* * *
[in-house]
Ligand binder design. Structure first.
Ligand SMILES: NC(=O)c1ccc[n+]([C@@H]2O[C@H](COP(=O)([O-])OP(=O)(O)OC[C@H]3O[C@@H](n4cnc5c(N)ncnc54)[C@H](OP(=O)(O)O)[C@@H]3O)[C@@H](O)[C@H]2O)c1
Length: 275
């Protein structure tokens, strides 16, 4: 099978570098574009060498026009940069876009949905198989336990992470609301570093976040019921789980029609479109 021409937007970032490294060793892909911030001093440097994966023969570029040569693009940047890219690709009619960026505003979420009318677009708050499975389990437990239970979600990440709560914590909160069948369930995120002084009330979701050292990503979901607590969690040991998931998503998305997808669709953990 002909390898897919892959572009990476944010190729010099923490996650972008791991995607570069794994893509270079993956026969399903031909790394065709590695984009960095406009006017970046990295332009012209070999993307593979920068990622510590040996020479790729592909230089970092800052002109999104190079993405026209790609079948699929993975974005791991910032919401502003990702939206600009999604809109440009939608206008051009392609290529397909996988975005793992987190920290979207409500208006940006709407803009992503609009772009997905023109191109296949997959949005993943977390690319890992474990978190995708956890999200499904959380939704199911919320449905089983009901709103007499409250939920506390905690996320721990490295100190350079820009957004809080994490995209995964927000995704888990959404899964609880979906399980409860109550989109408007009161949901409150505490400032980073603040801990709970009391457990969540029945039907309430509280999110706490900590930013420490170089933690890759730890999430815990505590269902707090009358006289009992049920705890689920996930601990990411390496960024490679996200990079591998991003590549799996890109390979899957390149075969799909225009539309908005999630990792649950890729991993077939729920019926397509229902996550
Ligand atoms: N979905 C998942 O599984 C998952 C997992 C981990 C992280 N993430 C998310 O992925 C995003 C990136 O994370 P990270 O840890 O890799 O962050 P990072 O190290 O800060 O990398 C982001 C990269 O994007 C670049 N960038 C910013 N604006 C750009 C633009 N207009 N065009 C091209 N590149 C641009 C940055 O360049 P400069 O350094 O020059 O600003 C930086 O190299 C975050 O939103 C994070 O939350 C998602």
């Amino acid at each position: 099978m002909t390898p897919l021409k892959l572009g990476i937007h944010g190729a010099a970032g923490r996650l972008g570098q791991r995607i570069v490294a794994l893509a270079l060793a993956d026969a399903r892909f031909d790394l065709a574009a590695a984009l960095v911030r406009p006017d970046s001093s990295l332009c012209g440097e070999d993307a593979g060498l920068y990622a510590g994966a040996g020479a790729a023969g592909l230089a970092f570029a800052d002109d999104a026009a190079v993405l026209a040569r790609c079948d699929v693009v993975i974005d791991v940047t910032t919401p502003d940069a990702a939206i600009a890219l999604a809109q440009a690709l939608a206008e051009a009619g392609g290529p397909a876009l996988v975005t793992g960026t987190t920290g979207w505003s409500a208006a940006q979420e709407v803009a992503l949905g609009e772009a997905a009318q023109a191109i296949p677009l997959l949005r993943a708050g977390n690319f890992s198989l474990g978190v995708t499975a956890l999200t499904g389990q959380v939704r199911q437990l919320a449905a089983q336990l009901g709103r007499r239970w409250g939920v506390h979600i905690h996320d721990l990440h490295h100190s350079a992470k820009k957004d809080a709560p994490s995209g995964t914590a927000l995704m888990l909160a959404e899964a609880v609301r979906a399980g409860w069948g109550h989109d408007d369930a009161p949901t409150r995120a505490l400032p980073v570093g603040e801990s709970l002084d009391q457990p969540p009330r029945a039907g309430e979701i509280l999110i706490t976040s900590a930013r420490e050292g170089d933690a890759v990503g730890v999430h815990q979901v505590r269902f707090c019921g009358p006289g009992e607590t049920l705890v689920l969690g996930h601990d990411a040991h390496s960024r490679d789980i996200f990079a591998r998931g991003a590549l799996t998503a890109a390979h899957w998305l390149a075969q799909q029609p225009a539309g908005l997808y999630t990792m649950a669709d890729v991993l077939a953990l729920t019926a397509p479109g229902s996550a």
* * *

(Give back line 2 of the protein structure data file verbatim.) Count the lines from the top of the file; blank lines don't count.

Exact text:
Ligand binder design. Structure first.